Annie’s Mailbox for May 4, 2011: Struggling with how to react to rude mother
May 4, 2011
Dear Annie: My mother is in her late 80s and is becoming increasingly difficult. She’s always been rather critical, but now she is downright rude and insulting. It’s as though being old gives her the right to say anything that pops into her head without consideration for anyone else’s feelings.
My husband tells me to ignore her comments. I know he’s right, but old habits die hard, and I still try to defend myself, and also my family when she insults them. I know she isn’t going to change, so somehow I have to find a better way to respond to her. Please give me some strategies to control my instinctive defensive reactions — without starting an argument, being “hateful” (her word) or walking away, which would be tantamount to declaring war.
— Dutiful Daughter
Dear Daughter: Your mother may be exhibiting early signs of dementia, one of which is the inability to censor what comes out of her mouth. Ask if you can accompany her to her next doctor’s appointment. That will give you an opportunity to mention this possibility to the doctor and request an evaluation. Perhaps if you can keep in mind that her insults are not entirely within her control, it will help you be less defensive and respond with sympathy.
Dear Annie: Now that my own children are adults, I am constantly being asked by family members to watch their children on evenings and weekends. But I have a full-time job and need my downtime. Plus, my home is no longer kid friendly. I like their children, but they are all under age 3, and it’s a lot of work.
Every week, I’ll get a call asking whether I can come to their home or they can drop off their child at mine. They never offer to pay, and even if they did, I still don’t care to baby-sit. I have managed to come up with some excuses, but I’m tired of lying about being busy. Is there a tactful way to let them know I’m simply not interested in spending my free time running a day care center?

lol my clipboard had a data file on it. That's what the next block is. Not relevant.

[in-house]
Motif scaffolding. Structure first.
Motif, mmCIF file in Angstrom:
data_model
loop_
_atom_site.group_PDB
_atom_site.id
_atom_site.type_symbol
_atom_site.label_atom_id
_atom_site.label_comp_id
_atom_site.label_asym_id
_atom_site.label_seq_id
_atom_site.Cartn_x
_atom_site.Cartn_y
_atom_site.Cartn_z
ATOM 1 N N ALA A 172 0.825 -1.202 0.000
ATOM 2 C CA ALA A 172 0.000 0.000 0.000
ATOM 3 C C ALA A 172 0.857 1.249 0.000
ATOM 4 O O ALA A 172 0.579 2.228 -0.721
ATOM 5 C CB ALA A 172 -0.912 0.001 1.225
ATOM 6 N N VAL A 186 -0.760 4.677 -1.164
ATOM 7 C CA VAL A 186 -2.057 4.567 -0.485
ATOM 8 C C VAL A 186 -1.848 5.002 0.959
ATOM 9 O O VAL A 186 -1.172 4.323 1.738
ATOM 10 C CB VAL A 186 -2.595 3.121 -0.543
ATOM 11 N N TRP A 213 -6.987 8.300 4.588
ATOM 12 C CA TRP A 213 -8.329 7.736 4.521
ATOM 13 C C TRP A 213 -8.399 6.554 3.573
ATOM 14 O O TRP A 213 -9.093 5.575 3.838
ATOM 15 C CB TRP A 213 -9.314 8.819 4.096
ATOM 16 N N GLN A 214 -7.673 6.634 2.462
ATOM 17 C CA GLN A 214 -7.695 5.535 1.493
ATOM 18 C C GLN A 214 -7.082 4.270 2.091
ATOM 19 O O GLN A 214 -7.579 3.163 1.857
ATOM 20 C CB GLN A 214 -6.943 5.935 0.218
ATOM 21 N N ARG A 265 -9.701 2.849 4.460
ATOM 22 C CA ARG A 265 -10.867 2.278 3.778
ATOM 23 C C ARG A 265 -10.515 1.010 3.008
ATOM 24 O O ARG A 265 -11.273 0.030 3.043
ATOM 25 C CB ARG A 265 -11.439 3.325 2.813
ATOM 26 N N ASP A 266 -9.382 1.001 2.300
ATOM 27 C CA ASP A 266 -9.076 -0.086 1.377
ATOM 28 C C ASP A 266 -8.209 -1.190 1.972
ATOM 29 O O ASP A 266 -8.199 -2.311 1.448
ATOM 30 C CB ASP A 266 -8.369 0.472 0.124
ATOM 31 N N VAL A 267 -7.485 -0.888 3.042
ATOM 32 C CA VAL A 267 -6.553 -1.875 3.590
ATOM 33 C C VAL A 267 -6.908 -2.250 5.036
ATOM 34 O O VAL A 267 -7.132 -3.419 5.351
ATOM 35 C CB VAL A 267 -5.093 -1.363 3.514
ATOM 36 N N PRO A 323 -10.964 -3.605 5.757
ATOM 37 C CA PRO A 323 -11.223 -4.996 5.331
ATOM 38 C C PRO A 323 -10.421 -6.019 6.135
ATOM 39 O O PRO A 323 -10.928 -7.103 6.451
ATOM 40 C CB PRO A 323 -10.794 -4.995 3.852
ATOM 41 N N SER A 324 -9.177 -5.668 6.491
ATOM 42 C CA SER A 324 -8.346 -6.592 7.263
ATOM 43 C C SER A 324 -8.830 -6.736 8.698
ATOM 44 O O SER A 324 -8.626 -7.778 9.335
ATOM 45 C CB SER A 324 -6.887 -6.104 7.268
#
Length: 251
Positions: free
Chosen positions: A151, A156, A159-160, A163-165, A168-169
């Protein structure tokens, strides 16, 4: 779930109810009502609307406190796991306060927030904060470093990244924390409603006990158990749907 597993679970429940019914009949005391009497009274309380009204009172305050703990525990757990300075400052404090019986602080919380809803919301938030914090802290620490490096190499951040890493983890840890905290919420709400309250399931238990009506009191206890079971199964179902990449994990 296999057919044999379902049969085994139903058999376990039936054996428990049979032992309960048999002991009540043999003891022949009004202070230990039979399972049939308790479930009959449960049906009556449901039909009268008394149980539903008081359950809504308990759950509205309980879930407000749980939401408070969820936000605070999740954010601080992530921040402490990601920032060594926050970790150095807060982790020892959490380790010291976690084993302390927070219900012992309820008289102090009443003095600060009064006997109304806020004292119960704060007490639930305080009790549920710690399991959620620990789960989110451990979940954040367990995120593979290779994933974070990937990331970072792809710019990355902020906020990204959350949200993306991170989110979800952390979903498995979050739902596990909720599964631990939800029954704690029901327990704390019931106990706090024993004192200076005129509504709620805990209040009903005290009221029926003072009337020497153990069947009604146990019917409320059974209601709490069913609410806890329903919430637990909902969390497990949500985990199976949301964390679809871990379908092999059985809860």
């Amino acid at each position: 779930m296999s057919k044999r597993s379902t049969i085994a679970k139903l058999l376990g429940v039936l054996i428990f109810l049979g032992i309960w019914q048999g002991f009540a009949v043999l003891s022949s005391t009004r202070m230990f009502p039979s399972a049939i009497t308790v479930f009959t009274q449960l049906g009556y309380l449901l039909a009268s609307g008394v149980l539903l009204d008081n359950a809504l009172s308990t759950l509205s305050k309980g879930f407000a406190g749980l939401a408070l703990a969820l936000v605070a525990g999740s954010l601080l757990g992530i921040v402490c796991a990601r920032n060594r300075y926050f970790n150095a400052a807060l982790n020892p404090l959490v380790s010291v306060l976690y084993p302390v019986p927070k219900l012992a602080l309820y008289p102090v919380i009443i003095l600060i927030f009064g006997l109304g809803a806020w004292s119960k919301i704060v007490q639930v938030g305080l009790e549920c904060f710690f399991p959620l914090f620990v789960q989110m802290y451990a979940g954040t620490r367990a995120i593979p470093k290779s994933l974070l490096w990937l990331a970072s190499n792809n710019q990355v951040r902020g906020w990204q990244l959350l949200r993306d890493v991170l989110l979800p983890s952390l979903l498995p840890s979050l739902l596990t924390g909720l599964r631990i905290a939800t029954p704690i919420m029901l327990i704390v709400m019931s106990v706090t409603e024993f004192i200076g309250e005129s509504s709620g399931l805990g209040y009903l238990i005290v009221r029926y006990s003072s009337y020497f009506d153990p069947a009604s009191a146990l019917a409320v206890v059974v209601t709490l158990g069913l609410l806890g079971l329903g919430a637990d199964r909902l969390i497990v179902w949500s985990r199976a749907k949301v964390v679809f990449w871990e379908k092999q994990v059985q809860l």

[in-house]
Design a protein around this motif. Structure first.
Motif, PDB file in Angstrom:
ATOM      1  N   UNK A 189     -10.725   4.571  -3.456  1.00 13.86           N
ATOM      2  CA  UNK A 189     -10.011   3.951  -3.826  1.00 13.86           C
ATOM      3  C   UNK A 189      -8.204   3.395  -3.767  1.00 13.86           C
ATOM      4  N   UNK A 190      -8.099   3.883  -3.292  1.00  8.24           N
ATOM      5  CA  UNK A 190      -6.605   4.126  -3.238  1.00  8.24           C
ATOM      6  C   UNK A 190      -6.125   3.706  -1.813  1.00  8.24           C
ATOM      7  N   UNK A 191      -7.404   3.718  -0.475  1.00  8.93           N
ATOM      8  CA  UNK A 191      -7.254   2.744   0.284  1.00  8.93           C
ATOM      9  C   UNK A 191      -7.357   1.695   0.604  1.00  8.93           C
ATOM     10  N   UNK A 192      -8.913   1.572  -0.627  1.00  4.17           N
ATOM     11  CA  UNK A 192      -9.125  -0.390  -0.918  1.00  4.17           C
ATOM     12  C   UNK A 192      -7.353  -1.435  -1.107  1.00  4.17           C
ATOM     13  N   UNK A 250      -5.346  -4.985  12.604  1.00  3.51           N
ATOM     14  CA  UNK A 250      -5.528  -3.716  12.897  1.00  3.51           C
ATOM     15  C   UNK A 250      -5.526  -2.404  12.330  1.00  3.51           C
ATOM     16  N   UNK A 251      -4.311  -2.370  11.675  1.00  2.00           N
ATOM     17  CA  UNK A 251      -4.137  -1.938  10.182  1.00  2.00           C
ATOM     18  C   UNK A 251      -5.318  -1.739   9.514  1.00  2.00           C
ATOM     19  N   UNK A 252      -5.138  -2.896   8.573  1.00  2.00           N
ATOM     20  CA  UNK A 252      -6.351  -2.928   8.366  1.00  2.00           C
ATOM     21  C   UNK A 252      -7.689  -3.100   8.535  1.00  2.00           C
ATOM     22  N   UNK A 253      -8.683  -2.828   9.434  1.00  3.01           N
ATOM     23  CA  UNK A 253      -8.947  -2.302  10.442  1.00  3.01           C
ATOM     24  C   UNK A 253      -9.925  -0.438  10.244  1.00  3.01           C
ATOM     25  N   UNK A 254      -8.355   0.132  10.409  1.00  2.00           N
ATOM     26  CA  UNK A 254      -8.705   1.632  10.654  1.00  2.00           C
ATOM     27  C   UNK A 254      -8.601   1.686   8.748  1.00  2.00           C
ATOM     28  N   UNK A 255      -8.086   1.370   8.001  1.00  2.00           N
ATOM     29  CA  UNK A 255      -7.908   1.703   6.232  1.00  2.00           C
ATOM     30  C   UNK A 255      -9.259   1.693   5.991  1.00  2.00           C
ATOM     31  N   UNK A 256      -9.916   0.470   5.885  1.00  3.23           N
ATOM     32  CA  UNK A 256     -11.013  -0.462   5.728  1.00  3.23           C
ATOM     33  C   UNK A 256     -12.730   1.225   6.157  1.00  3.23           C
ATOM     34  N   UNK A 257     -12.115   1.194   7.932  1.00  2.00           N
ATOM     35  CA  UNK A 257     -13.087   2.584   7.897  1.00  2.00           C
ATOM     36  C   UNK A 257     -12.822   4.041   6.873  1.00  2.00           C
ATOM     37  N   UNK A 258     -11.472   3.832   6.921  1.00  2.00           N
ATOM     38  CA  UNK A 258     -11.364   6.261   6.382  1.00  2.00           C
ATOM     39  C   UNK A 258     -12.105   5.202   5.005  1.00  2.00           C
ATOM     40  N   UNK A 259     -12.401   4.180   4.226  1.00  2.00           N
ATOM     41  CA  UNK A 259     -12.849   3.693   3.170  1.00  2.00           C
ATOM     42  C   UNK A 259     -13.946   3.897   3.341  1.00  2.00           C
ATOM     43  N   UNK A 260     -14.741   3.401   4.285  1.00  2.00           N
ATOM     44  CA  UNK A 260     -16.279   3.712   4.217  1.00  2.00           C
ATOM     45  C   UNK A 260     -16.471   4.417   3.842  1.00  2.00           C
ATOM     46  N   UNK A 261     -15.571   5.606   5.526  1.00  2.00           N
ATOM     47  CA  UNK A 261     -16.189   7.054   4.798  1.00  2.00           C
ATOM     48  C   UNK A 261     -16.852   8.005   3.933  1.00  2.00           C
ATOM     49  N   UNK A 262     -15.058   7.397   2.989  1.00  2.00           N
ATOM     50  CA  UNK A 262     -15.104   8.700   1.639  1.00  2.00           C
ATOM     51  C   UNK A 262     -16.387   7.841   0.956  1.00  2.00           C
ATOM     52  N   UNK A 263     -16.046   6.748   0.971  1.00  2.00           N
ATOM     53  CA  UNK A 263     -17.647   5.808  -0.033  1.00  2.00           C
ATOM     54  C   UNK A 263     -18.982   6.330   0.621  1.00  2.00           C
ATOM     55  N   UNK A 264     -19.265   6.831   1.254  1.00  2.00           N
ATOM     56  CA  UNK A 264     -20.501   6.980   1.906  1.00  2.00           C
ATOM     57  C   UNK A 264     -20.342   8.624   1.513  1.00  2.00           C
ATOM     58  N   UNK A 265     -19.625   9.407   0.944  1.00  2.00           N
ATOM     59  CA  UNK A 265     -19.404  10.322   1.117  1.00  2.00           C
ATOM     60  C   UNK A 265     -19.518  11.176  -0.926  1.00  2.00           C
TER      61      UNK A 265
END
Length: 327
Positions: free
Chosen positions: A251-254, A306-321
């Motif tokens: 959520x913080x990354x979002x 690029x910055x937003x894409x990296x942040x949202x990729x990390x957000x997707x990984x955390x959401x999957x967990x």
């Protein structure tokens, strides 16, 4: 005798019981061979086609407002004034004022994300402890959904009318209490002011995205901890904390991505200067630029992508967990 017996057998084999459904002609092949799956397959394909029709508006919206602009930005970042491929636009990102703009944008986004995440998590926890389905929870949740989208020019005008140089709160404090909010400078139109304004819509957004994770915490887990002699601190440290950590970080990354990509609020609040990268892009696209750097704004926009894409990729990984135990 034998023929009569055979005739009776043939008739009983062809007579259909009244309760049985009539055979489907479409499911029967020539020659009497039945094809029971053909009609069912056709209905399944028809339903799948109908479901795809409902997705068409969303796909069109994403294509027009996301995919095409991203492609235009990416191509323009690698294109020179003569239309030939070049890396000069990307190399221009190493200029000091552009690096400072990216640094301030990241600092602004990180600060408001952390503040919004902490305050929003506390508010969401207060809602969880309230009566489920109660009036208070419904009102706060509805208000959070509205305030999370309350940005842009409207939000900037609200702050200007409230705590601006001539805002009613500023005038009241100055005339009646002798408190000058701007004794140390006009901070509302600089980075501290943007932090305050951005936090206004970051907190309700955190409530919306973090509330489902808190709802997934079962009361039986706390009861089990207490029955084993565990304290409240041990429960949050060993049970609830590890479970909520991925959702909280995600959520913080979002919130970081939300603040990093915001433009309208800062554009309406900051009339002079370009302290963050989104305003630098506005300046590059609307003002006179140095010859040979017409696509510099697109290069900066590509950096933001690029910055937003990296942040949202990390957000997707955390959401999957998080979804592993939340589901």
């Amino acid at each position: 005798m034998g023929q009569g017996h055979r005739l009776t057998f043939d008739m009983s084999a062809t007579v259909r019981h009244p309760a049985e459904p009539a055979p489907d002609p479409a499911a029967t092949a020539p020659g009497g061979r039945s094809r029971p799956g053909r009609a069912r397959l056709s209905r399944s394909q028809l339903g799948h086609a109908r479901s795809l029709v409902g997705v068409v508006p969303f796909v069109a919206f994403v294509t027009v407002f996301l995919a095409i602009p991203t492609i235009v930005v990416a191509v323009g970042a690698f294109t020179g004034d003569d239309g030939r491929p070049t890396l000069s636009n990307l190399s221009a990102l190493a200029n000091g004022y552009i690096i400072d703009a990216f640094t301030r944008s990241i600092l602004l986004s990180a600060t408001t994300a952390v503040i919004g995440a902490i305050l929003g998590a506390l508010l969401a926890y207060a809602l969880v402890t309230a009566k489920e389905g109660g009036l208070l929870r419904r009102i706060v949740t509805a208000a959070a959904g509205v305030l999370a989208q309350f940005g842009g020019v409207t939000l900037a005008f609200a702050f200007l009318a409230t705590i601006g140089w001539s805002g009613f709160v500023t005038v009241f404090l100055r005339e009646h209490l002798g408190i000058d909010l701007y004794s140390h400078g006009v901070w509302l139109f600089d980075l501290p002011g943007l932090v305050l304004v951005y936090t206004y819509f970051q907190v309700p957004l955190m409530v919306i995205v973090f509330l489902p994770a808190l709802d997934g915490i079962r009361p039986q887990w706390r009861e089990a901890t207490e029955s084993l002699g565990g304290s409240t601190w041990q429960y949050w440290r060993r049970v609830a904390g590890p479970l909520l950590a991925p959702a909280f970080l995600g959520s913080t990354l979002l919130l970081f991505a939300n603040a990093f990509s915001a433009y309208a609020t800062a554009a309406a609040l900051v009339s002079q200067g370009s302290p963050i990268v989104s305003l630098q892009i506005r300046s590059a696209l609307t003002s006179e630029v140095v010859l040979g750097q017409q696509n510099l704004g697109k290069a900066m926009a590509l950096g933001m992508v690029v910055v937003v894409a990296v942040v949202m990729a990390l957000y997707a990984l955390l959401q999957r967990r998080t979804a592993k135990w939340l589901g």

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— No Day Care
Dear No Day Care: You’ll have to risk a little fallout if you want this problem to go away. Tell your relatives, “I love your children dearly, but I simply don’t have the energy to run after toddlers anymore. Sorry.” If you want to be especially nice, you can offer on rare occasion to baby-sit when the kids are already asleep.
Dear Annie: This is in response to the letter from “Jennifer,” who is troubled by her safe-but-boring marriage. Her words tugged at my heart.
I am also in my mid-40s and in a dull marriage. My husband is a decent man, but self-centered. At his hands, I was the victim of a single incident of marital rape, which he claims to not remember. I sought therapy, and my counselor said my husband, not a violent man, may have been in a dissociative state and unaware of his actions. I insisted my husband also have therapy, but he discontinued treatment because he didn’t think he had much to work on. I left psychotherapy after nearly 18 months when my therapist began to complain that I was not turning out to be one of her success stories. I feel worse now than I did before.
My own family has been less than supportive. I have chosen to stay in this marriage because divorce would cause a great deal of emotional pain to our children. We are no longer intimate, and there are days when I feel so empty, I can’t even cry. I want Jennifer to know she is not alone.
Dear Caged: We appreciate your words of solidarity, but your situation and Jennifer’s are not the same. Her husband doesn’t excite her. Yours attacked you. A more understanding counselor might be able to help you move forward with a different therapeutic approach. Please try.